16 January 2021

#Review - The Lost and the Damned by Olivier Norek

The Lost and the Damned (The Banlieues Trilogy, 1)
Olivier Norek (trans Nick Caistor)
Maclehose Press (Quercus), 12 November 2020
Available as: HB, 304pp, e
Source: Advance e copy via Netgalley
ISBN: 9780857059628

I'm grateful to the publisher for an advance e-copy of The Lost and the Damned via NetGalley to consider for review.

Content warning: this book does depict some very unpleasant events, both instances of torture and sexual assault. I don't describe these in my review below.

The Lost and the Damned is an explosive police procedural/ thriller, set in Seine-Saint-Denis, one of the scuzzy northern outskirts of Paris. The place is all tower blocks, dereliction and the camps of refugees and outcasts. It's not a tourist district or a smart shopping quarter. 

Here, Capitaine Victor Coste is about to lose one of his most experienced officers, fleeing the city for a quieter life in the country, and to gain a new recruit in his place. This happens just as a perplexing series of murders begins - murders with a hint of the supernatural, murders that seem staged, with the Press informed of every detail. At the same time, Coste starts to receive anonymous letters, pointing to something rotten in his own department.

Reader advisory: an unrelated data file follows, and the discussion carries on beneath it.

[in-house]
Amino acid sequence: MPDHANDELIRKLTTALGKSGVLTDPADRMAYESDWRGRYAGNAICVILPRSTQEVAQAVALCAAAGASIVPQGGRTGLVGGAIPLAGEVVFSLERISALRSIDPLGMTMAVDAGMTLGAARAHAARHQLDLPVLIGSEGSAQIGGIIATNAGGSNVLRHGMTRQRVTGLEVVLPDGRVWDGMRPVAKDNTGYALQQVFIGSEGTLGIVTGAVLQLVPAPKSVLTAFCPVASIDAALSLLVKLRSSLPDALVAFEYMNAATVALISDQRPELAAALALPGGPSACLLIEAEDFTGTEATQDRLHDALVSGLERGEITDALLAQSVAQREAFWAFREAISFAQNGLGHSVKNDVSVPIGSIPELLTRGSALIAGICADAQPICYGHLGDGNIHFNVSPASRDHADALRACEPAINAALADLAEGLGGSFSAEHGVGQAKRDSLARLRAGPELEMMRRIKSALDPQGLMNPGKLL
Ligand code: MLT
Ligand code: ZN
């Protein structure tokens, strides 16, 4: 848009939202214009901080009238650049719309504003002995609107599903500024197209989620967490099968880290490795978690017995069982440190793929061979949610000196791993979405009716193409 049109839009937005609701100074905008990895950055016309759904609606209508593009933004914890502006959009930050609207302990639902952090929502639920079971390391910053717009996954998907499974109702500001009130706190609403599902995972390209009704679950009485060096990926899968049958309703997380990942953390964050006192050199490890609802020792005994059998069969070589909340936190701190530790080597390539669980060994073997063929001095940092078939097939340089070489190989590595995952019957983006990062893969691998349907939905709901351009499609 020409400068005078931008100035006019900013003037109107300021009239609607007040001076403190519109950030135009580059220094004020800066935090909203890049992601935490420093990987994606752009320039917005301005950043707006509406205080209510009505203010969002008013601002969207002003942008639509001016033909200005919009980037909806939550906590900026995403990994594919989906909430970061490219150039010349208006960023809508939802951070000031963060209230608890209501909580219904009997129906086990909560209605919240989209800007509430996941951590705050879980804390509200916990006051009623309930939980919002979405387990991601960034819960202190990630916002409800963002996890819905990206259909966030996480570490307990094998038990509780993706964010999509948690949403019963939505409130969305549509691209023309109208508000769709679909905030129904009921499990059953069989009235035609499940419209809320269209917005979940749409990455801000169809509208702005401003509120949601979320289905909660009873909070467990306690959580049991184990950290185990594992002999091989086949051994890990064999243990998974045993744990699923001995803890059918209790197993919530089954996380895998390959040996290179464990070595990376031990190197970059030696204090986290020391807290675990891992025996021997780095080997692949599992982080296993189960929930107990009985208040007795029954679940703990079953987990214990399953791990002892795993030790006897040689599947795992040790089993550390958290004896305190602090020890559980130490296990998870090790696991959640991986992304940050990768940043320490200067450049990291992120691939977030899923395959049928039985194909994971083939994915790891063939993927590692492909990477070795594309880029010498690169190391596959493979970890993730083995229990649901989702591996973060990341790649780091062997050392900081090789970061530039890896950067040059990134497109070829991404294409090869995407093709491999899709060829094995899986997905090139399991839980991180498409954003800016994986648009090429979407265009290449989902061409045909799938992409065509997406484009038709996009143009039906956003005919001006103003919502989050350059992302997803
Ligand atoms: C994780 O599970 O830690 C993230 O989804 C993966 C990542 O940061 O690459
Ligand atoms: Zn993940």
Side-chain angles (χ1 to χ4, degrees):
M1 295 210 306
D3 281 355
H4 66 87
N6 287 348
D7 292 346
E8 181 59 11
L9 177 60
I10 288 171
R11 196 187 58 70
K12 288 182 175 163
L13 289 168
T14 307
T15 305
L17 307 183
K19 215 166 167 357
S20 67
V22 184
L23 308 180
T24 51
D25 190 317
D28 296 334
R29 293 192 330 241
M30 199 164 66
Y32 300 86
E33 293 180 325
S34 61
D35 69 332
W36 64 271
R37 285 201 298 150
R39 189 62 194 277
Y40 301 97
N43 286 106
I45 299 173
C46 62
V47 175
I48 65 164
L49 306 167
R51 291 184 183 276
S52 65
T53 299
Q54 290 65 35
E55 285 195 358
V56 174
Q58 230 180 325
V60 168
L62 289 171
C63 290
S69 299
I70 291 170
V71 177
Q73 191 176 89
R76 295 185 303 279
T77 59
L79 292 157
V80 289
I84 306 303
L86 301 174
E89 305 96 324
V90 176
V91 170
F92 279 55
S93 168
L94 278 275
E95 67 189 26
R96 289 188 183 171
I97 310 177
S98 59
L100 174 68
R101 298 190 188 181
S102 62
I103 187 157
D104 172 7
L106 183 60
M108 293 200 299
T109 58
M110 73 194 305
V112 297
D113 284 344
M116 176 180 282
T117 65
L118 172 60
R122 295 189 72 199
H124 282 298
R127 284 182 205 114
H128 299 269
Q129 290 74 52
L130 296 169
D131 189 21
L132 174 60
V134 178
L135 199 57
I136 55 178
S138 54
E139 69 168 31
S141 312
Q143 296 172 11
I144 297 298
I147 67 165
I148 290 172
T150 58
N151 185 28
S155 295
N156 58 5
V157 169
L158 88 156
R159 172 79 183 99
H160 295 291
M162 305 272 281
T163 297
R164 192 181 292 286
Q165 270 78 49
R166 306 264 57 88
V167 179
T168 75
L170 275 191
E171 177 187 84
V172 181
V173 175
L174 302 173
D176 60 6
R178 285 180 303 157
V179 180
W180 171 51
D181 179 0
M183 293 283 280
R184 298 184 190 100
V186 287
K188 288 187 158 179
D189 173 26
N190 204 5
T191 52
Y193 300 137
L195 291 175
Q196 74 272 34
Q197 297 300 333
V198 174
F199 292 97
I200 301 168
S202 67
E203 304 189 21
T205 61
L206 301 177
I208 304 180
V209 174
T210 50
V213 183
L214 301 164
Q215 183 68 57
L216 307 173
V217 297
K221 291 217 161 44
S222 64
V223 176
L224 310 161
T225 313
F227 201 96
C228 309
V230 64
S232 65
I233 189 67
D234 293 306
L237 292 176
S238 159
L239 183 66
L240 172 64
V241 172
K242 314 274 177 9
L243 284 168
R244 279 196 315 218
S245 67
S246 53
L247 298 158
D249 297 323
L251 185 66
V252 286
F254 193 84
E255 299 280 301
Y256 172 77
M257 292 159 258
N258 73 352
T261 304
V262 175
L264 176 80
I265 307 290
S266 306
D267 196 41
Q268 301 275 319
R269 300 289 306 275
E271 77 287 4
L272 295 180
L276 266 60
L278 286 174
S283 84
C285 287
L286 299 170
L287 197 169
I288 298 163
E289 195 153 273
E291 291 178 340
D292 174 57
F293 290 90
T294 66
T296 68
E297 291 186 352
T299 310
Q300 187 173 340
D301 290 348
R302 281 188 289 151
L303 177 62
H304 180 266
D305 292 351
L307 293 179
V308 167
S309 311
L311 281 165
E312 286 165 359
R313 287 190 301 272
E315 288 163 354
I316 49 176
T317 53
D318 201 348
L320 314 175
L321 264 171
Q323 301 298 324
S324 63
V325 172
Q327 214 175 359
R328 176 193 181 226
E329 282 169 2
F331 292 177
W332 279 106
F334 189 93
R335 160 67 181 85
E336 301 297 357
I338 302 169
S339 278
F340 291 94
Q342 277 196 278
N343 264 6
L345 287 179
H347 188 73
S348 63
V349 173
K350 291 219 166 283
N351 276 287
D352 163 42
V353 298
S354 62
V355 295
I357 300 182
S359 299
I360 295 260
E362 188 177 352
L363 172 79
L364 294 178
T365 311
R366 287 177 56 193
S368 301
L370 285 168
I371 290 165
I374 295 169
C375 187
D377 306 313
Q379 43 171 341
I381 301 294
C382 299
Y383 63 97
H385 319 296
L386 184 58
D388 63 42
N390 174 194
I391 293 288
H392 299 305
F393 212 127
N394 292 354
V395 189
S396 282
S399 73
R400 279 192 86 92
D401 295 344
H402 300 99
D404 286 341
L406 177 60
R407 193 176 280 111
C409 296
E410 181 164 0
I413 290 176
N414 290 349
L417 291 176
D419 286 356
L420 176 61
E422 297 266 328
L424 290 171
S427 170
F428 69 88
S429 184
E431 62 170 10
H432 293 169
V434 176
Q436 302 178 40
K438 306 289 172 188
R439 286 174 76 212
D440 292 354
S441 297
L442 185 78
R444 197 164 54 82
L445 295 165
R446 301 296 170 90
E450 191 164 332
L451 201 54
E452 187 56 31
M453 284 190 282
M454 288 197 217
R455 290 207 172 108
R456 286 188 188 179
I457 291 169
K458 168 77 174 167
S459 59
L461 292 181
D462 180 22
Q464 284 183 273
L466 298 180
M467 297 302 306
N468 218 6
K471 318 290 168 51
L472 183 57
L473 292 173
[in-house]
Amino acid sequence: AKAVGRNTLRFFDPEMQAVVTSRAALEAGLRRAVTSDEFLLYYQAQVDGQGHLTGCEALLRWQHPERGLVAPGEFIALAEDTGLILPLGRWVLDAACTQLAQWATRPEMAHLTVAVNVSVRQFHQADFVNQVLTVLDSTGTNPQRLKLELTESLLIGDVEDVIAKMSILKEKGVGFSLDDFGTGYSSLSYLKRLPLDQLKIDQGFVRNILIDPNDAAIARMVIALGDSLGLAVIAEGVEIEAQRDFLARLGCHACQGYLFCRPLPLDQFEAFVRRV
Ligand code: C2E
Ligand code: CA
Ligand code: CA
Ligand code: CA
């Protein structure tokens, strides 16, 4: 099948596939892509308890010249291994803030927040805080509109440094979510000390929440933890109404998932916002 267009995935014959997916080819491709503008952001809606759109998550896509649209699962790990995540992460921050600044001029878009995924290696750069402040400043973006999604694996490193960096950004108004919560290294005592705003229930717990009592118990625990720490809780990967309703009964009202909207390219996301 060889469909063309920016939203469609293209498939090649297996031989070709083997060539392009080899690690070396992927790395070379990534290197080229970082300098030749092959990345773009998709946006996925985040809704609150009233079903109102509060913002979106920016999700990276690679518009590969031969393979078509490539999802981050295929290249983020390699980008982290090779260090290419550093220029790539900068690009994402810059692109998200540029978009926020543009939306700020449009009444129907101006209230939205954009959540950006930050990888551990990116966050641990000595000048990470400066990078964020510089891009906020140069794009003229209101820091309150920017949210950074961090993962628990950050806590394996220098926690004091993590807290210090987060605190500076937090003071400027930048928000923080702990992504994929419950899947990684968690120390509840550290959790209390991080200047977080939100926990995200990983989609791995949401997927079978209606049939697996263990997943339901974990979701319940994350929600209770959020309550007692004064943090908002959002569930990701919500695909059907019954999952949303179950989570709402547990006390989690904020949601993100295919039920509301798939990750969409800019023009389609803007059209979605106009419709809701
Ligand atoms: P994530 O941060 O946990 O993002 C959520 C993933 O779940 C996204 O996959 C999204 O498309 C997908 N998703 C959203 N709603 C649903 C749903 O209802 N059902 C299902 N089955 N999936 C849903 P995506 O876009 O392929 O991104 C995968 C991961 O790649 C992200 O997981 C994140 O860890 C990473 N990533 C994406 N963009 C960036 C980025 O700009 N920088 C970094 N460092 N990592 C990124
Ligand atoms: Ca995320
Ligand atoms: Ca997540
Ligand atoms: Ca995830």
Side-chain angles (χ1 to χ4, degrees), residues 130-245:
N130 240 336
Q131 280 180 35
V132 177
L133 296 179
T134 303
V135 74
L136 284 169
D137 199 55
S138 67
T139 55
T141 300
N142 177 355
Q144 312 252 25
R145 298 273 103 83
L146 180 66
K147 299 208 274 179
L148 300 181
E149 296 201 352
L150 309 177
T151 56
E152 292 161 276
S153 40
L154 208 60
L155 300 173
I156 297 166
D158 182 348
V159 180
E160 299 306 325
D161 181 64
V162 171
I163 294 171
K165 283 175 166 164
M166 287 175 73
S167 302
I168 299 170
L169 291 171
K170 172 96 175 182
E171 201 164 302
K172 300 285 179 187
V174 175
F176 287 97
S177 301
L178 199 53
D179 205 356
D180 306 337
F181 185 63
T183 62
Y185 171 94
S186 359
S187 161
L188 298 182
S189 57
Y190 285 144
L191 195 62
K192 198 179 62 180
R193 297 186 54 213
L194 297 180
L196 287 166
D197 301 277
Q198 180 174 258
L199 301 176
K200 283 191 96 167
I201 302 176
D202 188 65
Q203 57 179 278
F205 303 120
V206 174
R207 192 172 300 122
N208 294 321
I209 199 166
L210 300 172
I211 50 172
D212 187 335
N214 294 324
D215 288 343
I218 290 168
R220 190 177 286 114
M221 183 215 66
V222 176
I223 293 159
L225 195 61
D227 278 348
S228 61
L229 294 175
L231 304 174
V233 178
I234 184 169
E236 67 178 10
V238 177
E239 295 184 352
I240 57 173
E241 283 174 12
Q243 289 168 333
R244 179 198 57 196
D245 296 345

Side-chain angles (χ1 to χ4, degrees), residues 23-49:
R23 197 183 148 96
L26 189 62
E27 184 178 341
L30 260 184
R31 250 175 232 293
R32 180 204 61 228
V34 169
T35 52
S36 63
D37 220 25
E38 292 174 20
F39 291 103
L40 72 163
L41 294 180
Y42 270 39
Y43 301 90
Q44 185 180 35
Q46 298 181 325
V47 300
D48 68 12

I loved this book - the characters, the seedy atmosphere, the air of cynicism. Coste is an honest cop, as these things go, but he's living in a very dirty world and it's impossible to pretend that all is well. Sometimes corners have to be cut. But we know - Norek uses several viewpoints in this book - that Coste and his team are crossing paths with monsters whose depravity would astound even him, world-weary detective or not. Stumbling around in the same maze are a crusading journalist and a hard-bitten PI. Each has fragments of the story, but very different interests.

It's an enjoyable book on several levels. 

There is the unfolding of the devilish events - events Norek takes his own good time to trace to their roots. There is the depiction of Coste and his team (in which I include pathologist Dr Léa Marquant, who clearly fancies the pants off him only he doesn't realise). They are real characters with foibles and a true sense of a shared history. Introducing them through the arrival of Johanna, the new member, gives us an outsider's view of the squad on which Norek then builds with deeper insights.

Also vividly portrayed is Seine-Saint-Denis - almost a character in its own right, lovingly (if that is the world - it's a grim place) described and explored. The cop's-eye view (Norek is a former police officer) is unsentimental, but still manages to be both empathetic to the the plight of those who wash up there and knowing of the political shenanigans that make that plight worse.

Re-reading that last paragraph you might doubt my use of the word "enjoyable". This isn't, as I have said, "nice" Paris, "tourist" Paris, "smart" Paris. But it feels real, it tells a truly gripping story and it makes you care about the people there.

Nick Caistor's translation is open, readable and strikes a good balance, I think, between retaining the sense (for an English reader) that this is a book about a foreign and different place and making the text familiar and readable. 

I'm very glad this is the start of a trilogy, I am looking forward to meeting Capitaine Victor Coste and his team again.

For more information about The Lost and the Damned, see the Quercus website here.

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